As Geoffrey Baym wrote in Political Communication, “The Daily Show represents an important experiment in journalism, one that contains much significance for the ongoing redefinition of news… Lying just beneath or perhaps imbricated within the laughter is a quite serious demand for fact, accountability, and reason in political discourse.”

And aren’t facts, accountability and reason the very things we hope to gain when we open a newspaper, turn on a television newscast or log onto an internet news site?

(Listen to a Hall Institute Podcast on this topic.)


Alterman, A. (2008, March 31). Out of Print. The New Yorker.

Baym, G. (2005) The Daily Show: Discursive Integration and the Reinvention of Political Journalism. Political Communication, No. 22, pp. 259–276.

Carter, B. (2008, September 30). Palin Effect on Ratings Only Modest for CBS, New York Times.

Chambers, S. (2008, October 8). Star-Ledger truck drivers ratify labor agreement. The Star-Ledger.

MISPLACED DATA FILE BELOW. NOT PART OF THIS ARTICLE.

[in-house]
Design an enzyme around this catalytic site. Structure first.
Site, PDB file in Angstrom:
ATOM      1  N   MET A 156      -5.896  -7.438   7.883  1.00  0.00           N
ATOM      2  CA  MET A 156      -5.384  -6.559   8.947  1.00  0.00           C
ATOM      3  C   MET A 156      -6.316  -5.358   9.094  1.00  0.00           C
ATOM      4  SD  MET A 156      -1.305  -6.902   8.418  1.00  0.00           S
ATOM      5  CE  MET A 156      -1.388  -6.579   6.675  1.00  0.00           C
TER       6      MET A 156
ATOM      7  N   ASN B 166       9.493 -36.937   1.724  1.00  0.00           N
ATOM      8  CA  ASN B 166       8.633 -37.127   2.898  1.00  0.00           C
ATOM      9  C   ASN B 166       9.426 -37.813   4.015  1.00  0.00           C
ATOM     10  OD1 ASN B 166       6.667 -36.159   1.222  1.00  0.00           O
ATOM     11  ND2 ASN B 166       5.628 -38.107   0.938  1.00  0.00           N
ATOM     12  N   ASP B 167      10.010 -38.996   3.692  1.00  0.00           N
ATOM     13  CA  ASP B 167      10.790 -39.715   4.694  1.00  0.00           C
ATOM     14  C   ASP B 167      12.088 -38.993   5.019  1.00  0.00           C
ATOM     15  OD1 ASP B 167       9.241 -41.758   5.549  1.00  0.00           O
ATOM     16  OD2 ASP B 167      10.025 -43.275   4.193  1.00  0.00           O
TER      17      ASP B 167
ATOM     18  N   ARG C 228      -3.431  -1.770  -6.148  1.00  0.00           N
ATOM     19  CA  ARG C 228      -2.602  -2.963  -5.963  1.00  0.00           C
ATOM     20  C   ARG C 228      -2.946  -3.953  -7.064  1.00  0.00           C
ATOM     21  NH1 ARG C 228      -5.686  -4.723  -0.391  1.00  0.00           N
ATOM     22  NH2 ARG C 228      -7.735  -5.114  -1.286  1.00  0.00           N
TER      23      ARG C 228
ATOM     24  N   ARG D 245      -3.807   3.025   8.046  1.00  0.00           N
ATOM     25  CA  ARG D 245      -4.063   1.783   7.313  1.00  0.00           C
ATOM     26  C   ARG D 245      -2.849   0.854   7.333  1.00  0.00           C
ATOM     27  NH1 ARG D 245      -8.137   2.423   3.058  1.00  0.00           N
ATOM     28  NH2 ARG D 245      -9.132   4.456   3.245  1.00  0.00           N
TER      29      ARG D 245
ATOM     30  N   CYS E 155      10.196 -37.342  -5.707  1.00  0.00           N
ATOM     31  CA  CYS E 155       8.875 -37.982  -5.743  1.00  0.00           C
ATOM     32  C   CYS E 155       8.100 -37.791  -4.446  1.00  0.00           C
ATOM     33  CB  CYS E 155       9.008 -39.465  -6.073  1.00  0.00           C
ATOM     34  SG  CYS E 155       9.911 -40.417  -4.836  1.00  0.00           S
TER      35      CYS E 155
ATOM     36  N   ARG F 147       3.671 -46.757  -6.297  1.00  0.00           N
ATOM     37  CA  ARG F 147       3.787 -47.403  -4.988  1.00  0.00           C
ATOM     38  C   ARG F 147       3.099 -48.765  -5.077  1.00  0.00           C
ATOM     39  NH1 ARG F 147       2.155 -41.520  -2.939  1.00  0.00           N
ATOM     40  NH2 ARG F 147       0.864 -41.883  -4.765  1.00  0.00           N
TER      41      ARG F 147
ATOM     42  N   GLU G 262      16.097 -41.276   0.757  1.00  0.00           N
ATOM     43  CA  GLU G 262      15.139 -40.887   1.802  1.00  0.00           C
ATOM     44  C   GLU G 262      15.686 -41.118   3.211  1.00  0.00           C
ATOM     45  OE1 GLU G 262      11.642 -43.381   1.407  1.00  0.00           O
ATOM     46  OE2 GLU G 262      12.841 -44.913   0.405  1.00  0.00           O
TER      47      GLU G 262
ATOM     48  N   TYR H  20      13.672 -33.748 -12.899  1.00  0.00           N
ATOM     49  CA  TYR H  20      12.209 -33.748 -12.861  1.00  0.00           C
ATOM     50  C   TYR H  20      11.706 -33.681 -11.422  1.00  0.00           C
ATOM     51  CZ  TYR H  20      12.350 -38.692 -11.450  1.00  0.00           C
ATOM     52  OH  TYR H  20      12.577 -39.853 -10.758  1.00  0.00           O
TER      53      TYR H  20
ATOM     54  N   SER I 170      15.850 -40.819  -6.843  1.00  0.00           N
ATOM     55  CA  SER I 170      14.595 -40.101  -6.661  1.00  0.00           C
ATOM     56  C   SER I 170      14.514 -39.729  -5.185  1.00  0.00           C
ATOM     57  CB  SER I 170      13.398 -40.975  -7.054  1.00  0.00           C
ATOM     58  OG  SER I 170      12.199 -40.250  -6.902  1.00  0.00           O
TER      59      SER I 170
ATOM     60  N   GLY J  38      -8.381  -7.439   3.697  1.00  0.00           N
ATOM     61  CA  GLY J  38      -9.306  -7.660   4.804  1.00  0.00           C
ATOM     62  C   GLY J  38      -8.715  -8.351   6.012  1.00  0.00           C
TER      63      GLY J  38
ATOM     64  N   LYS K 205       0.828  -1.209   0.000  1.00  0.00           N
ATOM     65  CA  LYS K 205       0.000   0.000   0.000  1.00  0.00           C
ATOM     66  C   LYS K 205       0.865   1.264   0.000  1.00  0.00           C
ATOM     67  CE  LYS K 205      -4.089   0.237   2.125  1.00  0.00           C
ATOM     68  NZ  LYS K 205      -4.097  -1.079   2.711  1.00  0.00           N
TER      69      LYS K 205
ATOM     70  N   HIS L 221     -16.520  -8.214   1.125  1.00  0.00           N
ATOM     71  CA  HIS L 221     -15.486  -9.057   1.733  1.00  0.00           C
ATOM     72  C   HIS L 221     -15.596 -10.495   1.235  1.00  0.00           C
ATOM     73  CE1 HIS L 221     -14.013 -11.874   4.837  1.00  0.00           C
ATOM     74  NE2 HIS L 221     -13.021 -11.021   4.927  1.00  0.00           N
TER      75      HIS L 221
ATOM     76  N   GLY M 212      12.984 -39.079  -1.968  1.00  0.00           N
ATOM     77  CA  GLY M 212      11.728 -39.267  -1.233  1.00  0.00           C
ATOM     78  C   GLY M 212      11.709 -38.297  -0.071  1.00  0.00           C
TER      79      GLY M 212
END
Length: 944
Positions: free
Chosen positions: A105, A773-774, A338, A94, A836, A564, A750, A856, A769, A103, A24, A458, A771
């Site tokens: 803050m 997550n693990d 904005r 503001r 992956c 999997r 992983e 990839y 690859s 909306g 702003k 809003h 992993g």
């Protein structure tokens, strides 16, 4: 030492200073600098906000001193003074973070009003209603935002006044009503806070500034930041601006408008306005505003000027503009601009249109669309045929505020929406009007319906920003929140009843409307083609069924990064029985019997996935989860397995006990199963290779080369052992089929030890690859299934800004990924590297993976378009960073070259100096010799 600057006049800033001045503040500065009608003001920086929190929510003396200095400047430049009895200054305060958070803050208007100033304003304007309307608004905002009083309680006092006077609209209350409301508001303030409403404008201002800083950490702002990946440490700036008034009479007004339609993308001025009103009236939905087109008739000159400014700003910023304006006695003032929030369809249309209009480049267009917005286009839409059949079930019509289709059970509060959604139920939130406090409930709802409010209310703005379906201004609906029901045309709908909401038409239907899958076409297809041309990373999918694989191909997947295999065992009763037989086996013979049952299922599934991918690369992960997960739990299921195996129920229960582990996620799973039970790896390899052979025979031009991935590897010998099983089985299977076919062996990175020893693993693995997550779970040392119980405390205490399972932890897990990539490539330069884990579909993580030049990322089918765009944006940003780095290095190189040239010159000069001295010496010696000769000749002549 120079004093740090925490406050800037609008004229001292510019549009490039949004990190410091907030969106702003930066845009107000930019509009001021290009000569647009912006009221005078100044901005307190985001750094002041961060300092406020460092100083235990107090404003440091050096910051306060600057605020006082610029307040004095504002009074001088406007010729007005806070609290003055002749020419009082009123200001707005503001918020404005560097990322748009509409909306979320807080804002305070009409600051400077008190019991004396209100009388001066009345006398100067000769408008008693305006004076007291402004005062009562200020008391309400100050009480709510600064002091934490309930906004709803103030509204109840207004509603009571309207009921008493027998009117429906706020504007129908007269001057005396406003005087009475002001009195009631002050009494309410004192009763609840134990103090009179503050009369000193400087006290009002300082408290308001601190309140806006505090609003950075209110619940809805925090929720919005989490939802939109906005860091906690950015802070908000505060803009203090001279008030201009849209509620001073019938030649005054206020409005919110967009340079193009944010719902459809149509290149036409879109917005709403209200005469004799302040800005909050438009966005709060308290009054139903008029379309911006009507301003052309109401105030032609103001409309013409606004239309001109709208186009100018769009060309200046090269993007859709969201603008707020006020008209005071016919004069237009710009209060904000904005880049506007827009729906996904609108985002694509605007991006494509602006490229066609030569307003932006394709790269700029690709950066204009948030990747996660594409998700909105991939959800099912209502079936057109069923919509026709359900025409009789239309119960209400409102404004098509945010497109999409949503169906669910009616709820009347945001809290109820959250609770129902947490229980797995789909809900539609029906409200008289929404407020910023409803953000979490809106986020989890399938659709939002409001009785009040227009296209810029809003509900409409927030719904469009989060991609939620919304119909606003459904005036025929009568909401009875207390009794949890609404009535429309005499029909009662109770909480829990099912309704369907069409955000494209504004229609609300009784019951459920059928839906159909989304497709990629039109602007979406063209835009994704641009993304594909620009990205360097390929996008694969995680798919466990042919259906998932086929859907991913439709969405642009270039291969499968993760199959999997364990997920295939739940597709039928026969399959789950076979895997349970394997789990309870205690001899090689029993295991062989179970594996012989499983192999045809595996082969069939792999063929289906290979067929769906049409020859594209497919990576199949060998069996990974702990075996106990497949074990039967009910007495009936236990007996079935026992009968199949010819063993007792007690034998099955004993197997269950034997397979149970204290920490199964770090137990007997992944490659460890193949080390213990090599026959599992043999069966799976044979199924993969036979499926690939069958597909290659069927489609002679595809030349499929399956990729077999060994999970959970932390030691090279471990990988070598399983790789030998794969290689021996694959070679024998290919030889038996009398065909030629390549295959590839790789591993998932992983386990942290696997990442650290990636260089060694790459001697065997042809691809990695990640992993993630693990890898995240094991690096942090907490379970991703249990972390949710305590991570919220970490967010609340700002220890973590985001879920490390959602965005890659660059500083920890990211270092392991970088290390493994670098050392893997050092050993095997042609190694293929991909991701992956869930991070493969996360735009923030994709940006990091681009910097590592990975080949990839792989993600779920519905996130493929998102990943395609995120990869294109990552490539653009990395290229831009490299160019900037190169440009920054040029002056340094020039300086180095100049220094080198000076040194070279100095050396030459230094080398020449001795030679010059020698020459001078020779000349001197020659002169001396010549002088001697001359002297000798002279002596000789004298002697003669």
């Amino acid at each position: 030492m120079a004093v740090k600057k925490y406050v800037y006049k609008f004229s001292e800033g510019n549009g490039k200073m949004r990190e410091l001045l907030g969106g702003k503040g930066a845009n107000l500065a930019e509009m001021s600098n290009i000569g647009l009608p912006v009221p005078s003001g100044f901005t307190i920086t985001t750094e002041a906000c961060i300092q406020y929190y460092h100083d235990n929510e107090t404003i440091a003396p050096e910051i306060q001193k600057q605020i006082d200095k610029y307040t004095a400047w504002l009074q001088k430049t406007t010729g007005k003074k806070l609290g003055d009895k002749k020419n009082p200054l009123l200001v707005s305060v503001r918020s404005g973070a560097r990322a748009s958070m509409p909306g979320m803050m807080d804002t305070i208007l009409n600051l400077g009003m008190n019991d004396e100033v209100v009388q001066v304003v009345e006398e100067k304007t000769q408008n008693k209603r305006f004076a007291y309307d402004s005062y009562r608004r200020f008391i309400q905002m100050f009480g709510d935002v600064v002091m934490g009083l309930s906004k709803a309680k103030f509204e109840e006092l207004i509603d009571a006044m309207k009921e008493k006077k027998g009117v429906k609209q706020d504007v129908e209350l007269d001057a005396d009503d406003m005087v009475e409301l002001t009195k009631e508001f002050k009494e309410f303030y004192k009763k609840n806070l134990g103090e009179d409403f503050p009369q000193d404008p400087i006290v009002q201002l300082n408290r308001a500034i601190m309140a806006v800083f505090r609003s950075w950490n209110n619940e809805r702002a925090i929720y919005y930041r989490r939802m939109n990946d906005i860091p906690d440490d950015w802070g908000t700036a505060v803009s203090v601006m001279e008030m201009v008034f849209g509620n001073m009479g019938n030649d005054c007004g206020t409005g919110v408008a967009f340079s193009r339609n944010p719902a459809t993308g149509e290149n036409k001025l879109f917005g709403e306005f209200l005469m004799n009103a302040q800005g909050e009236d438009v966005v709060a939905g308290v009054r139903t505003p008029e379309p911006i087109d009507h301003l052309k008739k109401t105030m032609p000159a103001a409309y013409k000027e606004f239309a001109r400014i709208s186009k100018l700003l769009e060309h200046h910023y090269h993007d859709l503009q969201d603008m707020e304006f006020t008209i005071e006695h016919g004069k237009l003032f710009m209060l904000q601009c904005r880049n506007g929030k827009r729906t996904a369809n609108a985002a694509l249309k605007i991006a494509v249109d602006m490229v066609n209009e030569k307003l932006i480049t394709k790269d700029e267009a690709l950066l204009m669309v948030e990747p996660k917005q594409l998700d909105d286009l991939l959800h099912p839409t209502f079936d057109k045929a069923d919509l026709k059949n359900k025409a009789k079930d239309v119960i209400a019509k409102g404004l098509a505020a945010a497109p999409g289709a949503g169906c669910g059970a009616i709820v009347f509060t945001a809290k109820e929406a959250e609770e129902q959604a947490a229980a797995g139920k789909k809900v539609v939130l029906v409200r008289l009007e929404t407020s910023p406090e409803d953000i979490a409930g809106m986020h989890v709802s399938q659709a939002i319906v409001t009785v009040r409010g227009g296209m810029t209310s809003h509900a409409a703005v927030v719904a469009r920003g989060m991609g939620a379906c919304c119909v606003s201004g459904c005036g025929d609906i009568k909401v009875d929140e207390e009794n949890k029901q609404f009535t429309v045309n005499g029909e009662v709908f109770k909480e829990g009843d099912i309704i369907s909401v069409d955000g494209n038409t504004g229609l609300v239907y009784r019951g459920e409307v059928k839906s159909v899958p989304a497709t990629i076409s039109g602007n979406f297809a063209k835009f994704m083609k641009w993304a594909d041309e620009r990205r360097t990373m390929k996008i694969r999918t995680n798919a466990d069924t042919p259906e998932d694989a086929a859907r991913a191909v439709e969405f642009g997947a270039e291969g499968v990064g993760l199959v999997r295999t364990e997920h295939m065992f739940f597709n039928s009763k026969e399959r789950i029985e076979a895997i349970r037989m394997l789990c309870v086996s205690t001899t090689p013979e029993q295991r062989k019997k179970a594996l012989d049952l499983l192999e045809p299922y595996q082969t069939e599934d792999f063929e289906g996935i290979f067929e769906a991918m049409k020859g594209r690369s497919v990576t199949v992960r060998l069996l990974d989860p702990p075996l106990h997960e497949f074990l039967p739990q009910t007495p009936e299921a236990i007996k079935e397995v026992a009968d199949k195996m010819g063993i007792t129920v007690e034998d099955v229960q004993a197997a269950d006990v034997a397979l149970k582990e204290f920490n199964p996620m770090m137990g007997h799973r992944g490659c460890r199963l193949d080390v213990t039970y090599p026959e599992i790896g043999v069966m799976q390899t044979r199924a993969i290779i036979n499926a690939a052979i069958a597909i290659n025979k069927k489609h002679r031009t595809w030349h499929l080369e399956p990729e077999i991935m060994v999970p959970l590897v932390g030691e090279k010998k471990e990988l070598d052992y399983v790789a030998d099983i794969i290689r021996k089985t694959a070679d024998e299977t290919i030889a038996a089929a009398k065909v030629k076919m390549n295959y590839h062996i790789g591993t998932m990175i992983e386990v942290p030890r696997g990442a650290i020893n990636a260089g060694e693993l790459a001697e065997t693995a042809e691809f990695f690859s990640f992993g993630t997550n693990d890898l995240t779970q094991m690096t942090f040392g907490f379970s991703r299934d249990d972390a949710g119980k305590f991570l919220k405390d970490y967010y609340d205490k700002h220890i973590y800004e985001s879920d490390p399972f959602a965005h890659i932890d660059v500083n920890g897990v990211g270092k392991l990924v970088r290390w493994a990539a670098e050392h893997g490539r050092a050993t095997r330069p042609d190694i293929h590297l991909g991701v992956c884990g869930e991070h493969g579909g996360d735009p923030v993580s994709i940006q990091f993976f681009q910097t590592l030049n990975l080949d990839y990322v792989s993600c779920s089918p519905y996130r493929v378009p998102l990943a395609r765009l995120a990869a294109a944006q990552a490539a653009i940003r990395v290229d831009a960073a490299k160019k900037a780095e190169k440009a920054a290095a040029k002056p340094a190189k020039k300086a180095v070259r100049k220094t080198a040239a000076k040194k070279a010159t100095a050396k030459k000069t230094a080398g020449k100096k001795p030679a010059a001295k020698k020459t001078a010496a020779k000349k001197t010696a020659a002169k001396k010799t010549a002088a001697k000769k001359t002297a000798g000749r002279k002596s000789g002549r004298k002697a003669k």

Fox, J., Koloen, G., and Sahin, V. (2007, June). No joke: a comparison of substance in The Daily Show with Jon Stewart and broadcast network television coverage of the 2004 presidential election campaign. Journal of Broadcasting & Electronic Media.

Gough, P. (2008, October 6). Politics and Palin lure viewers to SNL.

Journalism, satire or just laughs? (2008, May 8) Project for Excellence in Journalism.

Koblin, J. (2008, August 12). Welcome to New Jersey, Media Wasteland. New York Observer.

News Audiences Increasingly Politicized. (2004, June 8). Pew Research Center for the People and the Press.